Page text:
- Boeing has flagged improper spacing in some areas of the fuselage and horizontal stabilizer on certain 787 Dreamliners.
- The issues add to the company's production problems as it tries to improve its safety culture.
- Boeing logged more cancellations than sales in August for the seventh month in a row.
Boeing on Tuesday said inspections stemming from production problems for its 787 Dreamliners are slowing deliveries of the wide-body jets, adding to the company's woes.
The Chicago-based manufacturer said the issues it found on some of the planes are on the carbon-composite fuselage, due to improper widths on some material that fits between segments, as well as on the horizontal stabilizer at the rear of the airplane. Boeing first disclosed the stabilizer issue publicly on Tuesday. The Federal Aviation Administration said it is investigating the issues.
"The agency continues to engage with Boeing," the FAA said in a statement. "It is too early to speculate about the nature or extent of any proposed Airworthiness Directives that might arise from the agency's investigation."
Boeing shares closed down 5.8% on Tuesday at $161.08.
As of the end of August, Boeing said it had 526 unfilled orders for its twin-aisle 787 Dreamliner.
"We are taking time to thoroughly inspect completed 787s to ensure that they are free of the issues and meet all engineering specifications prior to delivery," the company said in a statement. "We expect these inspections to affect the timing of 787 deliveries in the near-term."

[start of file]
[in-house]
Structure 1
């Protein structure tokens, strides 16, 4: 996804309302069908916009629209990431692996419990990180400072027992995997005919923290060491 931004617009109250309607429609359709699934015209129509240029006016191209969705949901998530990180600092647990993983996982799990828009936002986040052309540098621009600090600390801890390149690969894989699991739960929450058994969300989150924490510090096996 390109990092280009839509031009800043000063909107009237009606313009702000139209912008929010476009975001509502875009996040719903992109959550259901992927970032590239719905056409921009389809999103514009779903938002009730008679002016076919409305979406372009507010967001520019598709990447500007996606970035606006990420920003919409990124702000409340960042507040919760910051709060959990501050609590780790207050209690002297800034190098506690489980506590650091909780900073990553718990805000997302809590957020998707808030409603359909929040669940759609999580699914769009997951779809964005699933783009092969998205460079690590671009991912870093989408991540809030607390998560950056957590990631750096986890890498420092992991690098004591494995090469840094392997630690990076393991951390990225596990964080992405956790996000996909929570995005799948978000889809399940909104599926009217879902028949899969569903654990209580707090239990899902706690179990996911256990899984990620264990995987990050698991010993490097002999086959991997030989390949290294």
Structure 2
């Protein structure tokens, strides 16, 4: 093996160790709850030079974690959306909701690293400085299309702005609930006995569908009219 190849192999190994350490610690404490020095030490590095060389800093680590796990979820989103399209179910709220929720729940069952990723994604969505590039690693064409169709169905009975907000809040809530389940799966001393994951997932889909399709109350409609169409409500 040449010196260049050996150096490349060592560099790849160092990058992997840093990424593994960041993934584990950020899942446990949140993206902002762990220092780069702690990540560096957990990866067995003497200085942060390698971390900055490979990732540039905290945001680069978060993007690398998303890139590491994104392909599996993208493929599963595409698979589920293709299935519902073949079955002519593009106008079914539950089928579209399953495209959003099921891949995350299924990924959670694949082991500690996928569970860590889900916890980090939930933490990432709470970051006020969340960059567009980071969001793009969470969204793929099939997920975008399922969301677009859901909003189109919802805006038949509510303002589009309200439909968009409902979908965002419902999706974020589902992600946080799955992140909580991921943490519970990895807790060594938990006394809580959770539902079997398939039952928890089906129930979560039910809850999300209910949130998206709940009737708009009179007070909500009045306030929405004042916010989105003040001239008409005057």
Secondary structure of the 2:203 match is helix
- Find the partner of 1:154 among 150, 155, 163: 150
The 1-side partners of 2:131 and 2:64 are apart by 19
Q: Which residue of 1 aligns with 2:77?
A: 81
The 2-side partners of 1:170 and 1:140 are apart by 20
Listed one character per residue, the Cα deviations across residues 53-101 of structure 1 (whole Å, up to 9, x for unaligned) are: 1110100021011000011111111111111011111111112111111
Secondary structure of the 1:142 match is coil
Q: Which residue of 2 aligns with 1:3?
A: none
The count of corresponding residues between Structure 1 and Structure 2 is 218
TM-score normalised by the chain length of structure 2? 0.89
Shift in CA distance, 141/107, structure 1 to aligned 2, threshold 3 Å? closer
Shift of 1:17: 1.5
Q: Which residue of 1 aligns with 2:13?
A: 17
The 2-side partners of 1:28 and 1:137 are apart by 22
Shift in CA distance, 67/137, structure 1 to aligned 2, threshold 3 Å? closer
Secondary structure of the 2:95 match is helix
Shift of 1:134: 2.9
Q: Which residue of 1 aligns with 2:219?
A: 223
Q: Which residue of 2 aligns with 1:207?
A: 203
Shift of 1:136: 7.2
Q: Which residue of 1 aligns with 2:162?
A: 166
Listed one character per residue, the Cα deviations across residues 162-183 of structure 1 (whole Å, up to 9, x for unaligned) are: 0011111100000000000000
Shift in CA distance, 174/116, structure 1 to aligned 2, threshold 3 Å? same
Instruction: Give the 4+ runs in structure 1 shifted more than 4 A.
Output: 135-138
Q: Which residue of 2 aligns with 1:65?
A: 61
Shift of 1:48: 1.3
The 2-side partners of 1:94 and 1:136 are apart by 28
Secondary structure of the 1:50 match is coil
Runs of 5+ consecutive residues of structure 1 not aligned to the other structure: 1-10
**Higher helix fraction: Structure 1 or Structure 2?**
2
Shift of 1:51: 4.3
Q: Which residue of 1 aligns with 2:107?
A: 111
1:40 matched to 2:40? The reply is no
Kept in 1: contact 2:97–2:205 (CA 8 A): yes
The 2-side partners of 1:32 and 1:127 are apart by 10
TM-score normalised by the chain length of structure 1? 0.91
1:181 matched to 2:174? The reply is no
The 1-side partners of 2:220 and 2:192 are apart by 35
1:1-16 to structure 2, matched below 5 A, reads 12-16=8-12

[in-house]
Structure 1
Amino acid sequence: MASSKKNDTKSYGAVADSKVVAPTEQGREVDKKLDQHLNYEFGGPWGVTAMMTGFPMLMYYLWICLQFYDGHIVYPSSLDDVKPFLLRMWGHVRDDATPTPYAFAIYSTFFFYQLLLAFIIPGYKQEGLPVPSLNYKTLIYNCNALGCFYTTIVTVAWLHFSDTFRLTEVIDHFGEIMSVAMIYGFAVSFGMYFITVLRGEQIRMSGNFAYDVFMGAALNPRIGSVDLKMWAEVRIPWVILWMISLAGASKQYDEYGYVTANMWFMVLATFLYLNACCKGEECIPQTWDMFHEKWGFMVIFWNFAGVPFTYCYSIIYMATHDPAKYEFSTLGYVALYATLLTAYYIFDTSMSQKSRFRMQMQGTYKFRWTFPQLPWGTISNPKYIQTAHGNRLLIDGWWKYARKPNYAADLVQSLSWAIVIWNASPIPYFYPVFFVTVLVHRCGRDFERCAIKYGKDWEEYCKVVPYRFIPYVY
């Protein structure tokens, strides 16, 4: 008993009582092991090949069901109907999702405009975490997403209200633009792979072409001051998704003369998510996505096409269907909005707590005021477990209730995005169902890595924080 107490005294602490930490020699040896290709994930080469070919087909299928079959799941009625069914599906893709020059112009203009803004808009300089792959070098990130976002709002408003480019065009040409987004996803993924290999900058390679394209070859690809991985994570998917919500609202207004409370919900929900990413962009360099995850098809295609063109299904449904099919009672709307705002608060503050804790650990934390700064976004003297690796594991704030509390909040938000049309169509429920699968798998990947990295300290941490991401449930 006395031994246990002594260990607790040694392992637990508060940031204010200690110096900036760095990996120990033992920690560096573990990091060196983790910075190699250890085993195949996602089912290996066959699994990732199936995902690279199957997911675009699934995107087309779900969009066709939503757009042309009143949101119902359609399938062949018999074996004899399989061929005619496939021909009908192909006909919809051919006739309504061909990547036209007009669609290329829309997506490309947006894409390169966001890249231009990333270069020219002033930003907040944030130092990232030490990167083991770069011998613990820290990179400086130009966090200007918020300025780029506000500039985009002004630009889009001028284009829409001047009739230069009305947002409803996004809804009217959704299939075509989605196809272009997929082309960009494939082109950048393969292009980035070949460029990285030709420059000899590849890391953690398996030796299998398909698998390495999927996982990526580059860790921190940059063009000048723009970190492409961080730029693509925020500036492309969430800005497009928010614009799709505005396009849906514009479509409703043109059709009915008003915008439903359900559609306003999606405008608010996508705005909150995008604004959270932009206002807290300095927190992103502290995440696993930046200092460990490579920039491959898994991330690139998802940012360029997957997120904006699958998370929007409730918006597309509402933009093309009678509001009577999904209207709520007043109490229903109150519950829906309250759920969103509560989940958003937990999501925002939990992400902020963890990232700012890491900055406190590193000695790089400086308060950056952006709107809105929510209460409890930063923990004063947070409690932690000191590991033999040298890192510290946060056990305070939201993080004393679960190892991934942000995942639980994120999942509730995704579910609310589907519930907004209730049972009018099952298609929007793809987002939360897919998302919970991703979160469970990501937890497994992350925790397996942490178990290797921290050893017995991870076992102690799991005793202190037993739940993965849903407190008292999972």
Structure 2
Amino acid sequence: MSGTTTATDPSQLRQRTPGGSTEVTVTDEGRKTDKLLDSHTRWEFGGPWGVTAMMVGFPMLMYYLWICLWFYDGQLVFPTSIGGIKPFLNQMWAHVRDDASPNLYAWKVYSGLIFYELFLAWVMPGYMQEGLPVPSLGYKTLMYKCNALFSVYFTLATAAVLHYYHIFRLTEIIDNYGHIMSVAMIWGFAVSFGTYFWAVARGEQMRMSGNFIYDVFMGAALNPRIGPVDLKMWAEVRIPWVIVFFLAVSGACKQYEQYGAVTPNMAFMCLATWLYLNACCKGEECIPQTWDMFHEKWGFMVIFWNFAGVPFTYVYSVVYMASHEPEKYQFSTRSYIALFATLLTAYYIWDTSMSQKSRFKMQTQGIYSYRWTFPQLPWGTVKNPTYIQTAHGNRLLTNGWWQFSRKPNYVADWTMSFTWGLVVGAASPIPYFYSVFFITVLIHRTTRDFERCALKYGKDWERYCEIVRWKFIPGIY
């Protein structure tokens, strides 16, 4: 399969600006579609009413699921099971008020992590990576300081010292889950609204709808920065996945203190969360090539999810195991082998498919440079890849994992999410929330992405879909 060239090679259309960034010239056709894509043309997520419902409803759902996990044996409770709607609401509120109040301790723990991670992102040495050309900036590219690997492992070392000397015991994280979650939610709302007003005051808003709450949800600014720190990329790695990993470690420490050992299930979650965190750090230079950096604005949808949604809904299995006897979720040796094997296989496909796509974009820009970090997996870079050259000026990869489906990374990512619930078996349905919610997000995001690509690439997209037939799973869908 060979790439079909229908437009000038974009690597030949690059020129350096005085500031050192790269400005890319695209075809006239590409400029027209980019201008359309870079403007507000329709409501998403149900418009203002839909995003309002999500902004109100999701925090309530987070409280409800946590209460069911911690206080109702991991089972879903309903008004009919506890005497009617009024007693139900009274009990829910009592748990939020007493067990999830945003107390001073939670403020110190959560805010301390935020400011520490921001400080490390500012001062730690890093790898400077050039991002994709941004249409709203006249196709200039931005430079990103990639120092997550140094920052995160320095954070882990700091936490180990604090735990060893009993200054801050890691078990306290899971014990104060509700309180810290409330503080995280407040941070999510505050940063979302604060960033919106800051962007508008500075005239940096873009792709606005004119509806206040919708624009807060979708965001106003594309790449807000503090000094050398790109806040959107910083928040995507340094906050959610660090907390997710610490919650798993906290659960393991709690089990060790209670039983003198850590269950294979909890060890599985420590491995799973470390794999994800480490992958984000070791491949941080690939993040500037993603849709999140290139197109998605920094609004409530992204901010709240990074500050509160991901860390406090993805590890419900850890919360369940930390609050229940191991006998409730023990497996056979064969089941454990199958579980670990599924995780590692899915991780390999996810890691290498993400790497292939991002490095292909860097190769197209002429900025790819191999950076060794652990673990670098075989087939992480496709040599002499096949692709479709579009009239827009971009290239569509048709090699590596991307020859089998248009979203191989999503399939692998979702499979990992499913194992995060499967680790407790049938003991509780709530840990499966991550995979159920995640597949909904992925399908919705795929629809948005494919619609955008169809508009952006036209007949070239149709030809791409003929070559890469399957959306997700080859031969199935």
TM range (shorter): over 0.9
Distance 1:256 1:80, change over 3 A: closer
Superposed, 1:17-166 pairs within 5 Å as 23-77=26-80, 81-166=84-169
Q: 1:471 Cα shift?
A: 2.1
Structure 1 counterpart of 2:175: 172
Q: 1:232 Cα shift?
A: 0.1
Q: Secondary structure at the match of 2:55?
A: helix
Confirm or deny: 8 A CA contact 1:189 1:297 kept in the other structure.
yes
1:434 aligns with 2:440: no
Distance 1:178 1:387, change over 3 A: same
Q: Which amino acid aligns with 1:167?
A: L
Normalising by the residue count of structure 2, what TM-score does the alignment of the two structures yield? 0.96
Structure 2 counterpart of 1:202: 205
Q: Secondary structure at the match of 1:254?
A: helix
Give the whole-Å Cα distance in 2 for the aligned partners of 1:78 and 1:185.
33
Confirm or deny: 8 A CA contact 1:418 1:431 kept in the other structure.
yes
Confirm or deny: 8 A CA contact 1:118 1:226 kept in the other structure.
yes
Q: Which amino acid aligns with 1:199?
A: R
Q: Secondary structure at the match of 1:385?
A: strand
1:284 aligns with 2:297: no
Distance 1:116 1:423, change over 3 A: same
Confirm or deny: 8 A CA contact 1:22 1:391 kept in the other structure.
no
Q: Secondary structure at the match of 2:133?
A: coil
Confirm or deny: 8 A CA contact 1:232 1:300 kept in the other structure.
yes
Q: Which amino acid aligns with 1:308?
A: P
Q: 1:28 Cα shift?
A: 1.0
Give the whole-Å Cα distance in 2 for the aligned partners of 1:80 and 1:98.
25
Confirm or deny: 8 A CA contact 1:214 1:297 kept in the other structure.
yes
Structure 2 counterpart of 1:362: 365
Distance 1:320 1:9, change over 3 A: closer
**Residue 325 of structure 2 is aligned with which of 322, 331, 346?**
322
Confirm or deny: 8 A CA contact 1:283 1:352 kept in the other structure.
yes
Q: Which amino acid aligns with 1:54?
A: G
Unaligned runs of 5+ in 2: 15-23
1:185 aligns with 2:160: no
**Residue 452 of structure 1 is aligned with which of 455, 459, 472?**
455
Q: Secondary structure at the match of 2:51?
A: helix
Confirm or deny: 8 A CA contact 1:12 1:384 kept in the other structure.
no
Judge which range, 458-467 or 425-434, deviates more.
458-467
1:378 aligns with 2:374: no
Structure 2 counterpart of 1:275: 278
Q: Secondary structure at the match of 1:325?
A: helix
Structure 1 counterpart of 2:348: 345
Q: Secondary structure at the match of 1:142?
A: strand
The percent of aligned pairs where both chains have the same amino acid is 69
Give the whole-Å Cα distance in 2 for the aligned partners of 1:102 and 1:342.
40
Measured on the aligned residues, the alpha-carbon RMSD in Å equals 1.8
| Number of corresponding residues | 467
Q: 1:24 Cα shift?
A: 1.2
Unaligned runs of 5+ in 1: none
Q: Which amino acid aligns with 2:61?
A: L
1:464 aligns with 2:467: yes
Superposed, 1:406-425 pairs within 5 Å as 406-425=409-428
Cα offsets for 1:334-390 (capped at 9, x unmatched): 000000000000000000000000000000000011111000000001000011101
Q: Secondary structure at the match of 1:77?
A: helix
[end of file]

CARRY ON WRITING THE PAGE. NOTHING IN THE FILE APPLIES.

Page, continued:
Boeing grounded eight 787 Dreamliners last month to address the issues it detected.
The issues are the latest problems Boeing is grappling with on top of its still-grounded 737 Max aircraft following two fatal crashes and the coronavirus crisis, which has hurt demand for new planes and led to thousands of job cuts.
Boeing on Tuesday said it lost 20 orders in August and sold eight planes, the seventh month in a row that cancellations outpaced new orders. New sales, however, included those for the beleaguered 737 Max, the first since November.
The Dreamliners, which are used often on international routes, are particularly vulnerable to the pandemic because the coronavirus has devastated air travel abroad as countries restrict visitors and potential travelers stay home. Boeing in July announced plans to cut production of the Dreamliners to six a month next year from 10. The company said it delivered four Dreamliners in August.
The plane took its first passenger flight in 2011. While the planes have a strong safety record, they did run into problems early on. Regulators grounded the Dreamliners briefly in early 2013 over battery-related fires but cleared them to fly again in April of that year.